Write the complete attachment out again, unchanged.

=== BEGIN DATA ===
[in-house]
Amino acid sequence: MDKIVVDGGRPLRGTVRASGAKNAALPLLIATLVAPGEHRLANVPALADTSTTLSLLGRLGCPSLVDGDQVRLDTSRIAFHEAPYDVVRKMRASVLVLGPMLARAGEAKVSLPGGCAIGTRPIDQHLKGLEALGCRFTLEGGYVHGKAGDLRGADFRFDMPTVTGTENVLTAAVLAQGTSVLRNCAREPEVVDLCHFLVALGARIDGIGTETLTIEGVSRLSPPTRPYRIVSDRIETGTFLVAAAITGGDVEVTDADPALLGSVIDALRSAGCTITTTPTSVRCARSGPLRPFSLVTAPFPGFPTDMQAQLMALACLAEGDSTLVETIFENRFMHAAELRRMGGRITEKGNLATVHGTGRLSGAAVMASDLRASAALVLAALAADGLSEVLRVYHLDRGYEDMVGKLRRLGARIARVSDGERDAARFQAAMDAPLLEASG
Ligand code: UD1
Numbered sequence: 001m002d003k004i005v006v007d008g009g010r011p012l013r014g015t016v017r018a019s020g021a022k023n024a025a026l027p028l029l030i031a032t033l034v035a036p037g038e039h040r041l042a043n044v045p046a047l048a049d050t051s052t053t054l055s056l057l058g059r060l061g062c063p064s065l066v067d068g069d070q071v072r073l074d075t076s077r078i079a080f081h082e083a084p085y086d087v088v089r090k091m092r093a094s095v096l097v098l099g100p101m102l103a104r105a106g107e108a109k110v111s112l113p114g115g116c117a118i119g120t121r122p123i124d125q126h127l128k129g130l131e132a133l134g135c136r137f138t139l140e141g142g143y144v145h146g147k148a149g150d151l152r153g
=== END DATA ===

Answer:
[in-house]
Amino acid sequence: MDKIVVDGGRPLRGTVRASGAKNAALPLLIATLVAPGEHRLANVPALADTSTTLSLLGRLGCPSLVDGDQVRLDTSRIAFHEAPYDVVRKMRASVLVLGPMLARAGEAKVSLPGGCAIGTRPIDQHLKGLEALGCRFTLEGGYVHGKAGDLRGADFRFDMPTVTGTENVLTAAVLAQGTSVLRNCAREPEVVDLCHFLVALGARIDGIGTETLTIEGVSRLSPPTRPYRIVSDRIETGTFLVAAAITGGDVEVTDADPALLGSVIDALRSAGCTITTTPTSVRCARSGPLRPFSLVTAPFPGFPTDMQAQLMALACLAEGDSTLVETIFENRFMHAAELRRMGGRITEKGNLATVHGTGRLSGAAVMASDLRASAALVLAALAADGLSEVLRVYHLDRGYEDMVGKLRRLGARIARVSDGERDAARFQAAMDAPLLEASG
Ligand code: UD1
Numbered sequence: 001m002d003k004i005v006v007d008g009g010r011p012l013r014g015t016v017r018a019s020g021a022k023n024a025a026l027p028l029l030i031a032t033l034v035a036p037g038e039h040r041l042a043n044v045p046a047l048a049d050t051s052t053t054l055s056l057l058g059r060l061g062c063p064s065l066v067d068g069d070q071v072r073l074d075t076s077r078i079a080f081h082e083a084p085y086d087v088v089r090k091m092r093a094s095v096l097v098l099g100p101m102l103a104r105a106g107e108a109k110v111s112l113p114g115g116c117a118i119g120t121r122p123i124d125q126h127l128k129g130l131e132a133l134g135c136r137f138t139l140e141g142g143y144v145h146g147k148a149g150d151l152r153g